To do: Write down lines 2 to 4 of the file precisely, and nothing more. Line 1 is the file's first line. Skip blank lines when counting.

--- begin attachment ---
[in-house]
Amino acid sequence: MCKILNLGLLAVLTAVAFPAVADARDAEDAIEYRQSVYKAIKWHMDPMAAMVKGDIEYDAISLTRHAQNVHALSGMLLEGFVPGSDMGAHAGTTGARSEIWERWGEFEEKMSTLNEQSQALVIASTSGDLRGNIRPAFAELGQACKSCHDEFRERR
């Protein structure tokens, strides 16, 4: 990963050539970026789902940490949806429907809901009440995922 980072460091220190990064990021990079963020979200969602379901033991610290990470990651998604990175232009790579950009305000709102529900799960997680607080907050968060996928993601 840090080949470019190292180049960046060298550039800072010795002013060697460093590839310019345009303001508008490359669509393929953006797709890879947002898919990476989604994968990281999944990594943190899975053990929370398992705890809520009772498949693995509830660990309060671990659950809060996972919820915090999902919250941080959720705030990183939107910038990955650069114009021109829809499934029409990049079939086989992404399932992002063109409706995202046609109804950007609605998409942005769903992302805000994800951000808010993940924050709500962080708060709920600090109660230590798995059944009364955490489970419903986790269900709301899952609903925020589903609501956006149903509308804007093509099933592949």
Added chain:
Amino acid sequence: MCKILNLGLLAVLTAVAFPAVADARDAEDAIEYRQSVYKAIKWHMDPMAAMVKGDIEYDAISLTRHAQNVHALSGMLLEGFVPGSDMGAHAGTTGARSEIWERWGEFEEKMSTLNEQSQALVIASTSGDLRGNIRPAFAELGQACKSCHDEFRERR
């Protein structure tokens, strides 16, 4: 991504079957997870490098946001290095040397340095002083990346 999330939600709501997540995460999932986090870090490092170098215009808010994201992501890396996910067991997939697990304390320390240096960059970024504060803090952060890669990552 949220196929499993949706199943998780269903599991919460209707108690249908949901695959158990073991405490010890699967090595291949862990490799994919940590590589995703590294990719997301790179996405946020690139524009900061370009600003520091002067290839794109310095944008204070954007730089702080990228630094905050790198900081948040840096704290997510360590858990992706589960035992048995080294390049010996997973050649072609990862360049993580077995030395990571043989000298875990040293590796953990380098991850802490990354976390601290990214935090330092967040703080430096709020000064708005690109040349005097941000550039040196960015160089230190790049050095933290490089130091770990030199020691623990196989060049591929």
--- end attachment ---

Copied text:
Amino acid sequence: MCKILNLGLLAVLTAVAFPAVADARDAEDAIEYRQSVYKAIKWHMDPMAAMVKGDIEYDAISLTRHAQNVHALSGMLLEGFVPGSDMGAHAGTTGARSEIWERWGEFEEKMSTLNEQSQALVIASTSGDLRGNIRPAFAELGQACKSCHDEFRERR
């Protein structure tokens, strides 16, 4: 990963050539970026789902940490949806429907809901009440995922 980072460091220190990064990021990079963020979200969602379901033991610290990470990651998604990175232009790579950009305000709102529900799960997680607080907050968060996928993601 840090080949470019190292180049960046060298550039800072010795002013060697460093590839310019345009303001508008490359669509393929953006797709890879947002898919990476989604994968990281999944990594943190899975053990929370398992705890809520009772498949693995509830660990309060671990659950809060996972919820915090999902919250941080959720705030990183939107910038990955650069114009021109829809499934029409990049079939086989992404399932992002063109409706995202046609109804950007609605998409942005769903992302805000994800951000808010993940924050709500962080708060709920600090109660230590798995059944009364955490489970419903986790269900709301899952609903925020589903609501956006149903509308804007093509099933592949």
Added chain: